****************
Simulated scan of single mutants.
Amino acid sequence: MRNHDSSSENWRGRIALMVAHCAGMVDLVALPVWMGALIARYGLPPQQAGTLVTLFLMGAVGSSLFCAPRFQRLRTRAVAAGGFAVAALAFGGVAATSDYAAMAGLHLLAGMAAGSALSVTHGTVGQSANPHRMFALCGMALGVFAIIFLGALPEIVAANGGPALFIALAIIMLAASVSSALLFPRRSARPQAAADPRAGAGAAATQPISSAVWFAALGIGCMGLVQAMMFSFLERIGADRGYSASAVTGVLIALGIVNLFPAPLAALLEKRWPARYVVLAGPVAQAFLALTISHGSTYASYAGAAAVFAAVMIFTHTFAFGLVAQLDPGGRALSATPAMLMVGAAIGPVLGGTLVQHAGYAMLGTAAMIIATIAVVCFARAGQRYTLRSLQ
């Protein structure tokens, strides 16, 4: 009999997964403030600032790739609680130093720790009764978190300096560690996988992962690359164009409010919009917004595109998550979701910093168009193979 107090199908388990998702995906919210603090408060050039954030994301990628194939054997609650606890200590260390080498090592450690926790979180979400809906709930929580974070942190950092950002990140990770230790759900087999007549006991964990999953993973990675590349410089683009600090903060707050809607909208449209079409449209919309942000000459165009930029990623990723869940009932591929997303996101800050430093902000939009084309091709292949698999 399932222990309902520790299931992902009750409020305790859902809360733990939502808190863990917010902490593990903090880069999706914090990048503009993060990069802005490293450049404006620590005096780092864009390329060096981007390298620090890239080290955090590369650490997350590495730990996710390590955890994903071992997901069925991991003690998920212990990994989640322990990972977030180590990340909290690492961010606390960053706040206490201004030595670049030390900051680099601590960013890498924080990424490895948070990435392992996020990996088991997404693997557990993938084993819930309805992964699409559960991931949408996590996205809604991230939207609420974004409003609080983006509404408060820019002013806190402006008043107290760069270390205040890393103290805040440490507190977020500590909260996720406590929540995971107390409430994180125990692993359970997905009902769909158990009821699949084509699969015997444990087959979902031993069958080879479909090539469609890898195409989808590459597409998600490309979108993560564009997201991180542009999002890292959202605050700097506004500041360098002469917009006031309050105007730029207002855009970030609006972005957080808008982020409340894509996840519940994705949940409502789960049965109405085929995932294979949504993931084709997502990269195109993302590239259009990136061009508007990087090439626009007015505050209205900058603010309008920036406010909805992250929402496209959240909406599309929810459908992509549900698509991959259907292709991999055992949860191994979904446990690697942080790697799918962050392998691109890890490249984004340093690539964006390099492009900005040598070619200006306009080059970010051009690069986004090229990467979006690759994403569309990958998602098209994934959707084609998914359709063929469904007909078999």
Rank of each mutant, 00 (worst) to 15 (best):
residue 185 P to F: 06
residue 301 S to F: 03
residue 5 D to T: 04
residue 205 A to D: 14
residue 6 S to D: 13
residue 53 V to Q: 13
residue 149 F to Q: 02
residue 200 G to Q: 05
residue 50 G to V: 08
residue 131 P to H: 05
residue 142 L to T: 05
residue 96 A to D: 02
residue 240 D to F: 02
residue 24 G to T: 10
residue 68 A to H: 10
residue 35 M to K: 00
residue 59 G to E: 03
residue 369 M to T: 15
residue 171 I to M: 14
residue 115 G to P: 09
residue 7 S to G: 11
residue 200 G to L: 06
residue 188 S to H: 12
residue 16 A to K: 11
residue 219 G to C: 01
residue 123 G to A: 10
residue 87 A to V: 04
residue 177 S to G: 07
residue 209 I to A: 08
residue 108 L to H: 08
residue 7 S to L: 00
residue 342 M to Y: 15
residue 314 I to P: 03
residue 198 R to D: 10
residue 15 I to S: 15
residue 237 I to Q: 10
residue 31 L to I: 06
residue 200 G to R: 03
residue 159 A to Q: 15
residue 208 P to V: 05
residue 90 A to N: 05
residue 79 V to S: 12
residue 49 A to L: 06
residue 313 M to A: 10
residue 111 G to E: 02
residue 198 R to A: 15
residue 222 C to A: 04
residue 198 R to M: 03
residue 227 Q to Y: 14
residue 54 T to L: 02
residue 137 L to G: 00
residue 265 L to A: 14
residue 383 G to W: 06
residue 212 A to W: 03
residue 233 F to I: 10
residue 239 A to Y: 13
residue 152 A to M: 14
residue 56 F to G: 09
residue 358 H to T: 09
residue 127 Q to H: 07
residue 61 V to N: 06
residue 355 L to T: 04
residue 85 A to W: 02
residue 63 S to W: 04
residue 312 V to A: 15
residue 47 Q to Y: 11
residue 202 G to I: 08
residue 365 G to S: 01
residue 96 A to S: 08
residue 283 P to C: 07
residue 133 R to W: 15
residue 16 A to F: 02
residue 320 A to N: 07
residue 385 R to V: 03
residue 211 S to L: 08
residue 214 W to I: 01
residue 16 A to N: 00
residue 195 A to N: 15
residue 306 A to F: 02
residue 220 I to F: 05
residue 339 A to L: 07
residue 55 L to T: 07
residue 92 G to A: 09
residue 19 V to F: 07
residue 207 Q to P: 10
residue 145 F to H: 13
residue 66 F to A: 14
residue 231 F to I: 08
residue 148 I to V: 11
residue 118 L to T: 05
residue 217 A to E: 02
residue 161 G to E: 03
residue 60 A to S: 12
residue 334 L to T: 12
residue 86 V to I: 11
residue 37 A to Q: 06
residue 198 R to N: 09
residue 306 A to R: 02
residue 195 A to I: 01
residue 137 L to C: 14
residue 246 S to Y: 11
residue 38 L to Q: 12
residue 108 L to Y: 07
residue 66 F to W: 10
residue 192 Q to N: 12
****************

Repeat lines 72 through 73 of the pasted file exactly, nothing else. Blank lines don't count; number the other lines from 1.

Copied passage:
residue 365 G to S: 01
residue 96 A to S: 08